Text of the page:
The Need for Determinism

Discrete PLCs and PLC applications hosted on general-purpose operating systems such as Windows or Linux have their limitations, though. One case in point, and a critical one at that, is closed-loop motion control.  Closed-loop control involves responding to hardware events within a particular time window. Consider, for example, a welding robot that must trace out a welding path according to a particular CAD design. Following each movement, it must be ready to perform the next motion step. However, if the instructions for that step aren’t executed in time, it will likely impact weld quality. 

The control loop in this scenario might involve receiving electrical pulse streams from multiple rotary encoders attached to motors on the robot axes to determine the welding head’s current position. Then it obtains target position information for the next motion step from the CAD database; calculates the motion required to get to the next point in the weld; and sends control outputs to the motors to move the welding head accordingly. To keep the welding process smooth and precise, the response needs to be made before a hardware-enforced deadline.  The ability to respond in real-time is also referred to as determinism. Not all soft PLCs, such as those with reaction times (scanning times) of 100 ms or more, have this capability.

Real-time operating systems (RTOSs) were developed for the PC to support applications such as soft PLCs that require a high degree of determinism. Software companies provide RTOS software that runs alongside the Windows operating system (OS) on the PC platform. The ability to run multiple operating environments on the same platform is called virtualization.

This Intel quad-core processor incorporates the explicit hardware partitioning of an operating system environment by Microsoft Windows and two INtime RTOS instances.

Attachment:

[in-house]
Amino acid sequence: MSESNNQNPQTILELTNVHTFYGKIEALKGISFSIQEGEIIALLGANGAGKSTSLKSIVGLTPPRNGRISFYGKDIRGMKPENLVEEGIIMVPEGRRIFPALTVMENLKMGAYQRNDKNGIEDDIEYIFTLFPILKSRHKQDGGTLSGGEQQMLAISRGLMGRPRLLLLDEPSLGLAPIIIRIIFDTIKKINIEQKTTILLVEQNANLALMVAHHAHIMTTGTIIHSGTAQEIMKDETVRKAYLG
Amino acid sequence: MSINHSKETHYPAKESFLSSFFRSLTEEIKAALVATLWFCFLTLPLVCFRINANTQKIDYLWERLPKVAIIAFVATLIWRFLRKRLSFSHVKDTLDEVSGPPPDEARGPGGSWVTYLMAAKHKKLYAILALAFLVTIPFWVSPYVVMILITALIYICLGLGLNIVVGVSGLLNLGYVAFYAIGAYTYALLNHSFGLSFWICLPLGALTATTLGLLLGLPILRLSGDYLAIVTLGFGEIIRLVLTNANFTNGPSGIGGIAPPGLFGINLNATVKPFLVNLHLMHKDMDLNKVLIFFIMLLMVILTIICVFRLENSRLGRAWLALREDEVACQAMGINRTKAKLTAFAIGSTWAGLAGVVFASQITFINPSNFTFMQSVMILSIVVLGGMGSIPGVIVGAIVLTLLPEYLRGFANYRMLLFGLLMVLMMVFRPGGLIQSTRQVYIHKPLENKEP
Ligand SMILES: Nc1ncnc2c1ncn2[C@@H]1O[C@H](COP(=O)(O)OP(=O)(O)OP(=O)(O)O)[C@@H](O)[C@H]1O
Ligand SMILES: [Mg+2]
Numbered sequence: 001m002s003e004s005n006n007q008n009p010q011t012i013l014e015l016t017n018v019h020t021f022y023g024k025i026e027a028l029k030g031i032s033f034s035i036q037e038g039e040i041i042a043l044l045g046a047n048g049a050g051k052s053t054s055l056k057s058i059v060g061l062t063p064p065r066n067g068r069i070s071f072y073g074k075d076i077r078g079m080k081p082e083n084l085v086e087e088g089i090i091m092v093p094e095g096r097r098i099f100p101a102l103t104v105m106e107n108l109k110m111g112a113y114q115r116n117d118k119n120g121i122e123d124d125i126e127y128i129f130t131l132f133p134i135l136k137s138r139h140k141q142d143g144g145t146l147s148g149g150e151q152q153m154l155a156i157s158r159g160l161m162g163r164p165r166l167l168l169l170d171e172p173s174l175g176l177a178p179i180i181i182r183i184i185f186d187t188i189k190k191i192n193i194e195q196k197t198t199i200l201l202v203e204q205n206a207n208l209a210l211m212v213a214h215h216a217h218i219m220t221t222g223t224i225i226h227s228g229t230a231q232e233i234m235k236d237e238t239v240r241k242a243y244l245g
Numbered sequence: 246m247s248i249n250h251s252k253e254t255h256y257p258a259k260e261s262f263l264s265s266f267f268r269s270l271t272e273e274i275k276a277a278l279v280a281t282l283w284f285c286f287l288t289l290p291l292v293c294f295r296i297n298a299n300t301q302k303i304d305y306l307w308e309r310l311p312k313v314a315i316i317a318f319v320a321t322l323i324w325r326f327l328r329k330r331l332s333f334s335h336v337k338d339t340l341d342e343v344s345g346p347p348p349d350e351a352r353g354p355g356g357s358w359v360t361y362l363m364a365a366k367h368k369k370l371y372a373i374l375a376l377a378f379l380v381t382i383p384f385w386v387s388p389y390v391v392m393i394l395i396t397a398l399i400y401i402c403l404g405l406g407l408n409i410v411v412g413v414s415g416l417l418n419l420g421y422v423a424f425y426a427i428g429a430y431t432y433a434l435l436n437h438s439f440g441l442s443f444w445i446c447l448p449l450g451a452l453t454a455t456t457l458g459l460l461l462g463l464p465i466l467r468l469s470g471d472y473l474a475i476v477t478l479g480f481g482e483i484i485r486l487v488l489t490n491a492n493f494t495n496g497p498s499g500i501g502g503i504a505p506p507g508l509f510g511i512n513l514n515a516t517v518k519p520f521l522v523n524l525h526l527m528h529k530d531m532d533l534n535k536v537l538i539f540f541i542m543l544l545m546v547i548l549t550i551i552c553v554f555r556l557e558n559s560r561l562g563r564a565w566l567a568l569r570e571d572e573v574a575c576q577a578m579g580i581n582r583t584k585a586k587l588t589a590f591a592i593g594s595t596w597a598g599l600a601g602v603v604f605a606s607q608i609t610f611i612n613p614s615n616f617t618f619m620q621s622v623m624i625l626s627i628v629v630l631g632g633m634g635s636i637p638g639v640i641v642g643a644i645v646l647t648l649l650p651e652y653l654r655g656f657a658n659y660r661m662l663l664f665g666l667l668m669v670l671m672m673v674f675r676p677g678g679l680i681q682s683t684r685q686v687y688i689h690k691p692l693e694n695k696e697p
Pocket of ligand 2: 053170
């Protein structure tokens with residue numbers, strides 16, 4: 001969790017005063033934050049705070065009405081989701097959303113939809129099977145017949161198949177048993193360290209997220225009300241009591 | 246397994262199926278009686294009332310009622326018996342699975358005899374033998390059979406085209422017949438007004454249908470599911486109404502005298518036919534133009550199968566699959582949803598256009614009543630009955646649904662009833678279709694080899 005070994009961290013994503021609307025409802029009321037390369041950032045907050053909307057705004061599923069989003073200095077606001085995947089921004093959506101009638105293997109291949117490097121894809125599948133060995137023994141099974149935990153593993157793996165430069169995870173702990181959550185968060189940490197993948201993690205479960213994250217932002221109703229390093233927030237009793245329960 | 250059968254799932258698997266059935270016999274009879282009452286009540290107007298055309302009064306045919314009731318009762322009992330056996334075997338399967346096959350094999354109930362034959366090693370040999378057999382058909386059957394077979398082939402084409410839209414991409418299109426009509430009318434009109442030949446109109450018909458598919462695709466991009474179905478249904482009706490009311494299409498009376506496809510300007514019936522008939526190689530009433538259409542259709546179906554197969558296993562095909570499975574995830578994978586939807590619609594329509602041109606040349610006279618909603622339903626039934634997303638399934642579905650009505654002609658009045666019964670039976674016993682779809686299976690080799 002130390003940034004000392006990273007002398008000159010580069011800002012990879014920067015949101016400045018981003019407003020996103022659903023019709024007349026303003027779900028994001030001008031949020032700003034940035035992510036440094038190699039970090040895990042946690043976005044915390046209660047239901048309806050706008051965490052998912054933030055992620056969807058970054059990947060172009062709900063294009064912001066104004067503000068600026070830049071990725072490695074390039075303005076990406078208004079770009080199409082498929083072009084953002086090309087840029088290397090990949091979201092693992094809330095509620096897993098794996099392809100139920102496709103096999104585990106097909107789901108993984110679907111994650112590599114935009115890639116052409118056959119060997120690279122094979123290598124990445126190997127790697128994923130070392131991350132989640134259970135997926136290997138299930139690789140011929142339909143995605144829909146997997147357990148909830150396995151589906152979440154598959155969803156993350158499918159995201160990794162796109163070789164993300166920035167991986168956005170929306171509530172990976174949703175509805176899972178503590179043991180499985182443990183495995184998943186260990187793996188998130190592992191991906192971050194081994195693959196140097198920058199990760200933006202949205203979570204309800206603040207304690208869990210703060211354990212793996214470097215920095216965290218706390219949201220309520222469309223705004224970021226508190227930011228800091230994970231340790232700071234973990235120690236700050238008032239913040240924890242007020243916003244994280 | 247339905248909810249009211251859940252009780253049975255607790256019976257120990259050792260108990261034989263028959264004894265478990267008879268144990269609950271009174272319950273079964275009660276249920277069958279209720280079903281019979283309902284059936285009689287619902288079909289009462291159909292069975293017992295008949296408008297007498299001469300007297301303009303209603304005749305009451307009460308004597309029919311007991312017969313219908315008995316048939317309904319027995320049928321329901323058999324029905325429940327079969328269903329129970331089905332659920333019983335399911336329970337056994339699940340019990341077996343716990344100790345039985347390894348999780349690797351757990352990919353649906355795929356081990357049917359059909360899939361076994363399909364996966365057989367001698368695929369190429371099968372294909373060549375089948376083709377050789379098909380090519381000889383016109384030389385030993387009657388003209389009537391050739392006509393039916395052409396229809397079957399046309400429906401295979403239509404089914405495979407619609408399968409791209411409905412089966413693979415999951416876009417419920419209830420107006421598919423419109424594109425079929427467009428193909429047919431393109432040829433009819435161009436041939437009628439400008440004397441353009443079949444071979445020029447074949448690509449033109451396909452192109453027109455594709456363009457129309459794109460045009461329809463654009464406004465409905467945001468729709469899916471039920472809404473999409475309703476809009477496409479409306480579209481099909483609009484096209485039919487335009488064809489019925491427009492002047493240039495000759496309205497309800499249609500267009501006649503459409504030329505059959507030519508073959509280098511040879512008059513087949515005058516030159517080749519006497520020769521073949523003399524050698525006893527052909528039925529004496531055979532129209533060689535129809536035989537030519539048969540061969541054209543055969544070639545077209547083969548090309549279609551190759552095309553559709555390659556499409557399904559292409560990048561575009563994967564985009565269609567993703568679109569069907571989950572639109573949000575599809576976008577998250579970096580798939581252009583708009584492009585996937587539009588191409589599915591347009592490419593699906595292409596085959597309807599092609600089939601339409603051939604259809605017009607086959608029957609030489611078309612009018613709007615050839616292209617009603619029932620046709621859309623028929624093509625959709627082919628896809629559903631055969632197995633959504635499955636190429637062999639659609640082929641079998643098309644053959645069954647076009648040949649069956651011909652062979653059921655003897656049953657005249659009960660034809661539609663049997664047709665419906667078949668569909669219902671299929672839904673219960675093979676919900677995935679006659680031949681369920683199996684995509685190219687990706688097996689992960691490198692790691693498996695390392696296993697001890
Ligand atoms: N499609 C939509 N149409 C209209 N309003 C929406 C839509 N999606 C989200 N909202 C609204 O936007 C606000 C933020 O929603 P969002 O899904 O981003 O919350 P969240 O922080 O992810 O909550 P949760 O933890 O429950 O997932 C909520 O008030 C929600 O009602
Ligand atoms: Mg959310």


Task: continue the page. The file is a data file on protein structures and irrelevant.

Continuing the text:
A special form of virtualization—embedded virtualization—ensures real-time responsiveness using a hypervisor, or through explicit hardware partitioning of the underlying processor architecture. In the example shown above, hardware partitioning is accomplished with standard Windows application program interfaces (APIs), enabling Windows to run without any modification on its assigned processor core(s). Such a partitioned system extracts as much as possible from the processor resources, unlike other multi-OS configurations requiring hypervisors, because there’s no hypervisor layer consuming computing cycles. New software systems are enhanced to optimize use of the constantly evolving Intel Architecture hardware and software platforms, including providing ongoing support for the Microsoft Visual Studio development environment and software APIs to create Windows HMI and controller applications.

Integrating the Elements

Software companies exploit this technology by producing embedded runtime software that provides standard (IEC 61131) PLC control functionality with real-time responsiveness in the sub-millisecond range. To ensure this performance, the control portion of the embedded software is hosted on an RTOS. Successful application suites will take advantage of both operating environments: the RTOS for meeting the deterministic control requirements of the application, and Windows for program development and debugging.

The PC hosting trend for industrial software hasn’t stopped with soft PLCs, though. Over the past few years, motion-control application software was developed to take advantage of RTOS platforms, and interface standards, such as EtherCAT (Ethernet for Control Automation Technology), were developed so that PCs could interface directly to motor drives.